x Abu Dhabi, UAESaturday 22 July 2017

DAE cancels $2.8bn order at Boeing

Dubai aircraft leasing business scales back initial growth plans.

Dubai Aerospace has cancelled orders for 35 single-aisle Boeing 737 passenger jets. Ted S Warren / AP Photo
Dubai Aerospace has cancelled orders for 35 single-aisle Boeing 737 passenger jets. Ted S Warren / AP Photo

Dubai Aerospace Enterprise (DAE) cancelled US$2.8 billion (Dh10.29bn) worth of aircraft orders at Boeing as the company continued dramatically scaling down its leasing business.

According to estimates from the aircraft valuation company Avitas, the true value of the planes would be about $1.6bn after standard industry discounts.

The cancellations of 35 single-aisle 737 jets comes on the heels of similar order cancellations with the European plane maker Airbus as well as the departure of Robert Genise, the executive who created DAE's leasing business.

"Boeing and Dubai Aerospace Enterprise have reached an agreement to cancel the remaining … 737s on order," Boeing said. "The cancellation is reflected on Boeing's orders and deliveries website. DAE has now 21 Boeing unfilled orders."

The remaining orders are for 15 747-8Fs and six 777s.

DAE, which took on large amounts of debt to finance its operations and aircraft purchases, began scaling back this year, cancelling $4.7bn of aircraft orders at Airbus and Boeing. The company's total publicly disclosed debt is about $2.7bn, according to Bloomberg News figures. $500 million term loan and a $225m revolving credit facility come due on July 23, the figures show.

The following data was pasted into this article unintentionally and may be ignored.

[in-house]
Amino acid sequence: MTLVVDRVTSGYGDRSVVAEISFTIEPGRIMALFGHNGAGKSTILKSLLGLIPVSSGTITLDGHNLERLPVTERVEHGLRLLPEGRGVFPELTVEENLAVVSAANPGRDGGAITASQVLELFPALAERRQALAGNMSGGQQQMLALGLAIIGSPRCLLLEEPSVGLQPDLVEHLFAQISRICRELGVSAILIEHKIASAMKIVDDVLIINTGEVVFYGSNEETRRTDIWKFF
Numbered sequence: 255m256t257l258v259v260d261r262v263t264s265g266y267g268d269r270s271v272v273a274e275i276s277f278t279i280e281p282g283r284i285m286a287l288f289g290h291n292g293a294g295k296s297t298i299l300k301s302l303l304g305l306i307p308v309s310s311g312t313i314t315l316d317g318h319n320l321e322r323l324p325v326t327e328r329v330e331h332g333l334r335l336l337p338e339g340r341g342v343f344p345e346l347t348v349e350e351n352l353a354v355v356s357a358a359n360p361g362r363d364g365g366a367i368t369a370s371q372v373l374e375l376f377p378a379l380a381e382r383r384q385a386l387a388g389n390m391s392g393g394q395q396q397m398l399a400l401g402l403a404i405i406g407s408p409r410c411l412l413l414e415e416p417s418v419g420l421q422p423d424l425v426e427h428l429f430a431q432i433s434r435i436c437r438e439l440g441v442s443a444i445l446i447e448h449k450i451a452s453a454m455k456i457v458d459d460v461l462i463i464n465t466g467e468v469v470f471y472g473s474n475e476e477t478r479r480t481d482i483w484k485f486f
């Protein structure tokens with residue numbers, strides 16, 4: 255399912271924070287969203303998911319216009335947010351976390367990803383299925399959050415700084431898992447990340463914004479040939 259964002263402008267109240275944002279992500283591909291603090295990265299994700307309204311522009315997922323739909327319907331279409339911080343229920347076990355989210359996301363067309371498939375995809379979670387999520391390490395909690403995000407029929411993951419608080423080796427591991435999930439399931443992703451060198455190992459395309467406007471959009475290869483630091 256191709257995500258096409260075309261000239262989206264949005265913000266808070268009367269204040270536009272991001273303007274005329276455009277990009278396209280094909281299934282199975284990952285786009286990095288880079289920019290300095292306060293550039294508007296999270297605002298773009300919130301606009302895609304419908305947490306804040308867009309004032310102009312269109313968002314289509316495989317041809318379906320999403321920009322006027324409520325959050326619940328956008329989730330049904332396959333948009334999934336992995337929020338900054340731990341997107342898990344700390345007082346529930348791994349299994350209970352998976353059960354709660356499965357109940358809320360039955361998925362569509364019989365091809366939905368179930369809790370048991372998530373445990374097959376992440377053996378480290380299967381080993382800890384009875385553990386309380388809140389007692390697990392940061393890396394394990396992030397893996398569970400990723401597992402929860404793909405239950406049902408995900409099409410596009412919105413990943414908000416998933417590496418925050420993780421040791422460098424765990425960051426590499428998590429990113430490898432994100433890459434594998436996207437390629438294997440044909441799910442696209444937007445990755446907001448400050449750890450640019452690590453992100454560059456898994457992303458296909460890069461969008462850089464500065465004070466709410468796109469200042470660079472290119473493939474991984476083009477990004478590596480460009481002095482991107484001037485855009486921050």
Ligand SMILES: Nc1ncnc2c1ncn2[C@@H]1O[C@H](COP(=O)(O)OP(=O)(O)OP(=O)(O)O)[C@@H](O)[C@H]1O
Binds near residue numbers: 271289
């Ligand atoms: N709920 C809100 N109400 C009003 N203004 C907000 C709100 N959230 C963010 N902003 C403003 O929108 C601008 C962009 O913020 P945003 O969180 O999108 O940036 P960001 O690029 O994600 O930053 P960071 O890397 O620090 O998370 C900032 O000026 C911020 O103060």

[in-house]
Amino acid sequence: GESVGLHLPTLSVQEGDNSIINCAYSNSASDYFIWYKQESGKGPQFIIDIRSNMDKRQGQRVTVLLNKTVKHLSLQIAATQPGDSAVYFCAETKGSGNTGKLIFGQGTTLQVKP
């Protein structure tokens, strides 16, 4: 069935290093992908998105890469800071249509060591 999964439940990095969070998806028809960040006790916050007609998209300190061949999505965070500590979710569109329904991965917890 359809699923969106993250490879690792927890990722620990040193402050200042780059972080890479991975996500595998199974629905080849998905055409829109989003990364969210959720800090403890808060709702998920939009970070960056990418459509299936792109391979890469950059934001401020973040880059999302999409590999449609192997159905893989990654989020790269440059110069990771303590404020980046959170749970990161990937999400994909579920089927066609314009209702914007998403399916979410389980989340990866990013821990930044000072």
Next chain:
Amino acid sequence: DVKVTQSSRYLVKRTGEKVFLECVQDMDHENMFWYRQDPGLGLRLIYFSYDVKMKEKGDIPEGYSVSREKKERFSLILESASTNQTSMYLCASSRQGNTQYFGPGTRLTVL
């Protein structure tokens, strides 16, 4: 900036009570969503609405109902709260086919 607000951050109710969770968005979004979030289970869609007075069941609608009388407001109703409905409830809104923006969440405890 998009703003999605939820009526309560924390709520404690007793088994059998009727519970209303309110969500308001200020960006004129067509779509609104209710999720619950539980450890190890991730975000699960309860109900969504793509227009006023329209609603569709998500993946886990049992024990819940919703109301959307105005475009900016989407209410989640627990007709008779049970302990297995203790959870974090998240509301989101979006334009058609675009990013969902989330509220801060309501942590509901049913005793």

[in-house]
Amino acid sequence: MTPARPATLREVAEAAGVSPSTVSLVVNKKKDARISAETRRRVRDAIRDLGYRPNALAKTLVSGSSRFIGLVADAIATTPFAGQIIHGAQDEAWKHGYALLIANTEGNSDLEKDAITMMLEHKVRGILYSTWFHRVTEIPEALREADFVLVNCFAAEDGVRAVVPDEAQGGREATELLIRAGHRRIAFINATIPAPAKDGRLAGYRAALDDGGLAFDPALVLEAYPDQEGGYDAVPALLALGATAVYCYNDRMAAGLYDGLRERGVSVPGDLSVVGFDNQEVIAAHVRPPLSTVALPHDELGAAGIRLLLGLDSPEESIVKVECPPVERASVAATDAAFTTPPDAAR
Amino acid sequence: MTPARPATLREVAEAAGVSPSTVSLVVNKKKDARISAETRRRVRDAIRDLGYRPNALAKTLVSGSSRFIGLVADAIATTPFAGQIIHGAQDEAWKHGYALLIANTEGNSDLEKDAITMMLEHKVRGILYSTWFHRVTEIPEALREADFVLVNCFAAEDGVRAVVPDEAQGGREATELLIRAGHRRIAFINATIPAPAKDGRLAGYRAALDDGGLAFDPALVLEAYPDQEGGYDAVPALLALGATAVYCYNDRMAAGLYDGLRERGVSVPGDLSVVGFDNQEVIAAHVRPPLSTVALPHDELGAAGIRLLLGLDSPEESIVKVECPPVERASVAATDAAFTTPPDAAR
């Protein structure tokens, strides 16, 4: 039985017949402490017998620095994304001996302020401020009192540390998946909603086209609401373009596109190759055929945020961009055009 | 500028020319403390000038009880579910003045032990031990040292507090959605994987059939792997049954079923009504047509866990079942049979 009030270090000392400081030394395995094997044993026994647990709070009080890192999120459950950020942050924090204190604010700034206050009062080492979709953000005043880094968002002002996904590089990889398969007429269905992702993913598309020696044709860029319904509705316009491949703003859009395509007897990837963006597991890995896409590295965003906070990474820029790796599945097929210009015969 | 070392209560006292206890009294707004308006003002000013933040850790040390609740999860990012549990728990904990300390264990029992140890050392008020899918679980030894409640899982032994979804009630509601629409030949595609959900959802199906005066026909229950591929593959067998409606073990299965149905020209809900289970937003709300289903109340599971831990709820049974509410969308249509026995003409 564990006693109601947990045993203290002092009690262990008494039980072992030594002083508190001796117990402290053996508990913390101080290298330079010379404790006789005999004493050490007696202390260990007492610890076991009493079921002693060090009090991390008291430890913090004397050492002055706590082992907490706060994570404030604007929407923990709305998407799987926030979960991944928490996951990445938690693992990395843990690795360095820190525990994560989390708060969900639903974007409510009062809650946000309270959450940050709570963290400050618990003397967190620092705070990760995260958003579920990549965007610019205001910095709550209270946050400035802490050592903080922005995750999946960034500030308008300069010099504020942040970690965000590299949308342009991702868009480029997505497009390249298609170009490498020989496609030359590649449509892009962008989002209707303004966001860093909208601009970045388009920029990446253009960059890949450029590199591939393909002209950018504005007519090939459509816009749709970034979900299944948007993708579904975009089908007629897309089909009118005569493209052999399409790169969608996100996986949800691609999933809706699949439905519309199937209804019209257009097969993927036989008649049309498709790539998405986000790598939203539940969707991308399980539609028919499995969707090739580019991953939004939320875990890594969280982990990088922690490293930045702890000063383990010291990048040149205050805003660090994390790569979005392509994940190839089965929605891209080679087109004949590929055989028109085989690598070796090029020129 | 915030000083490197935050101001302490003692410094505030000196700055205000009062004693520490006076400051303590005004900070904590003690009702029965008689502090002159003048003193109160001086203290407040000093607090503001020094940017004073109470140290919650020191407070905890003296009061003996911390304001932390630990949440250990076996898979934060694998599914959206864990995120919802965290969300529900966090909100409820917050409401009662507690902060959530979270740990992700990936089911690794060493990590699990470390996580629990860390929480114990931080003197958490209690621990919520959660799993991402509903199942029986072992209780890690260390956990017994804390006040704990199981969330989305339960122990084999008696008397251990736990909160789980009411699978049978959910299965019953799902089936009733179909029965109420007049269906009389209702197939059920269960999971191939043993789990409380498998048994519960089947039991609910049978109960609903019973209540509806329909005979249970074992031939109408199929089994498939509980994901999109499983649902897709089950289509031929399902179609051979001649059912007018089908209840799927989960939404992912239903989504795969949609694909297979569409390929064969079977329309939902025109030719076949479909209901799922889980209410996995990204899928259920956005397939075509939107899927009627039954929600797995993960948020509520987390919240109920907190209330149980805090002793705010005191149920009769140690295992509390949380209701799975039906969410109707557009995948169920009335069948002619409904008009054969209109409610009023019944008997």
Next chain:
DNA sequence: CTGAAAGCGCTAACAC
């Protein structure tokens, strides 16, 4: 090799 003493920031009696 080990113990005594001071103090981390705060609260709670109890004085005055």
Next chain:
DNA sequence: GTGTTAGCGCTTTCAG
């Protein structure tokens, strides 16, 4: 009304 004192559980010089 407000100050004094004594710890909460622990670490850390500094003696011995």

Jens Flottau, an aviation journalist as well as a commentator at The Window Seat blog, speculated that DAE's troubles were exacerbated by the global downturn.

"Its shareholders no longer have the money to invest into aerospace," he said. "It is unlikely that DAE's fortunes will change soon."

DAE made a splash in 2006 when it was introduced as a $15bn aircraft leasing and services company to complement Dubai's airport development boom. It placed a blockbuster aircraft order at the 2007 Dubai Airshow, committing to buying 200 new aircraft from Boeing and Airbus for tens of billions of dollars.

But as the downturn forced airlines to cut back their growth plans, conditions became increasingly difficult in the aircraft leasing business. Today, DAE's leasing customers include Virgin Blue, Emirates, Easyjet and Kingfisher.

DAE initially opened for business with six divisions focusing on various aviation fields.

It briefly operated an aviation education unit in Dubai, while in 2007 its airport investment division made an unsuccessful bid to acquire a majority stake in Auckland Airport.

DAE's shareholders include the Investment Corporation of Dubai, Dubai International Capital, DIFC Investments, Emaar, Istithmar World and Dubai Silicon Oasis.

igale@thenational.ae